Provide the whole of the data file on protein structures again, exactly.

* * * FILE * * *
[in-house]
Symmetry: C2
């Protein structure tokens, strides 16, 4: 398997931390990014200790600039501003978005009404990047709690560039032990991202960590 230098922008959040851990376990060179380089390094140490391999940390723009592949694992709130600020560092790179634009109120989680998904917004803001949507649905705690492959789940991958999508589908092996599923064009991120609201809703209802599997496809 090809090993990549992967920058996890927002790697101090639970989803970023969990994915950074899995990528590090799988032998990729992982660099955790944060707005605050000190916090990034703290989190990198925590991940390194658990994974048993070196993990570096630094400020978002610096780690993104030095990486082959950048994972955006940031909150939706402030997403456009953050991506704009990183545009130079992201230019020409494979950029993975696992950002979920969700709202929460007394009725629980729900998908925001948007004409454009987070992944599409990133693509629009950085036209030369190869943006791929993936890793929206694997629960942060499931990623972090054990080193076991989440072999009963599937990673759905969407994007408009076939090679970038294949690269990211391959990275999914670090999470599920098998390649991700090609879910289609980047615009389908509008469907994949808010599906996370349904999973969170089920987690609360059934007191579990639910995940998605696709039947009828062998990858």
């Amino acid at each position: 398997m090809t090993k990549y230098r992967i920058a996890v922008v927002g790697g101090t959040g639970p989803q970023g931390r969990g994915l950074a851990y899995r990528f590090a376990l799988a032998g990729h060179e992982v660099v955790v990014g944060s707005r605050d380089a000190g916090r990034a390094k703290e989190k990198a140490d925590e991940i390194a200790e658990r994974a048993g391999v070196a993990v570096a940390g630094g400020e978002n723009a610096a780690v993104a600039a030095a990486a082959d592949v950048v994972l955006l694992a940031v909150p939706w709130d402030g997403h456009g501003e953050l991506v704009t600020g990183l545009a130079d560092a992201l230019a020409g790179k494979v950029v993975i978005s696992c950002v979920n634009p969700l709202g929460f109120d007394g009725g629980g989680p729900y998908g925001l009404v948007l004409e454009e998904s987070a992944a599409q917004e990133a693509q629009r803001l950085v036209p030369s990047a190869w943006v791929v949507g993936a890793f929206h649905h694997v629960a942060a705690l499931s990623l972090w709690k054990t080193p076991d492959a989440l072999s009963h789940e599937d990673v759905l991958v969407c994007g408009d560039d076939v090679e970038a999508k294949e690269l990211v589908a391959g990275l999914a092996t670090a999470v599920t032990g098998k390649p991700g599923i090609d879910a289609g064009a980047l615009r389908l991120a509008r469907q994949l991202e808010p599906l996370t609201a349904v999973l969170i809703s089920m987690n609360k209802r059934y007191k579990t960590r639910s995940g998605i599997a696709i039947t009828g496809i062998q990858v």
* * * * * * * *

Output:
[in-house]
Symmetry: C2
């Protein structure tokens, strides 16, 4: 398997931390990014200790600039501003978005009404990047709690560039032990991202960590 230098922008959040851990376990060179380089390094140490391999940390723009592949694992709130600020560092790179634009109120989680998904917004803001949507649905705690492959789940991958999508589908092996599923064009991120609201809703209802599997496809 090809090993990549992967920058996890927002790697101090639970989803970023969990994915950074899995990528590090799988032998990729992982660099955790944060707005605050000190916090990034703290989190990198925590991940390194658990994974048993070196993990570096630094400020978002610096780690993104030095990486082959950048994972955006940031909150939706402030997403456009953050991506704009990183545009130079992201230019020409494979950029993975696992950002979920969700709202929460007394009725629980729900998908925001948007004409454009987070992944599409990133693509629009950085036209030369190869943006791929993936890793929206694997629960942060499931990623972090054990080193076991989440072999009963599937990673759905969407994007408009076939090679970038294949690269990211391959990275999914670090999470599920098998390649991700090609879910289609980047615009389908509008469907994949808010599906996370349904999973969170089920987690609360059934007191579990639910995940998605696709039947009828062998990858």
């Amino acid at each position: 398997m090809t090993k990549y230098r992967i920058a996890v922008v927002g790697g101090t959040g639970p989803q970023g931390r969990g994915l950074a851990y899995r990528f590090a376990l799988a032998g990729h060179e992982v660099v955790v990014g944060s707005r605050d380089a000190g916090r990034a390094k703290e989190k990198a140490d925590e991940i390194a200790e658990r994974a048993g391999v070196a993990v570096a940390g630094g400020e978002n723009a610096a780690v993104a600039a030095a990486a082959d592949v950048v994972l955006l694992a940031v909150p939706w709130d402030g997403h456009g501003e953050l991506v704009t600020g990183l545009a130079d560092a992201l230019a020409g790179k494979v950029v993975i978005s696992c950002v979920n634009p969700l709202g929460f109120d007394g009725g629980g989680p729900y998908g925001l009404v948007l004409e454009e998904s987070a992944a599409q917004e990133a693509q629009r803001l950085v036209p030369s990047a190869w943006v791929v949507g993936a890793f929206h649905h694997v629960a942060a705690l499931s990623l972090w709690k054990t080193p076991d492959a989440l072999s009963h789940e599937d990673v759905l991958v969407c994007g408009d560039d076939v090679e970038a999508k294949e690269l990211v589908a391959g990275l999914a092996t670090a999470v599920t032990g098998k390649p991700g599923i090609d879910a289609g064009a980047l615009r389908l991120a509008r469907q994949l991202e808010p599906l996370t609201a349904v999973l969170i809703s089920m987690n609360k209802r059934y007191k579990t960590r639910s995940g998605i599997a696709i039947t009828g496809i062998q990858v």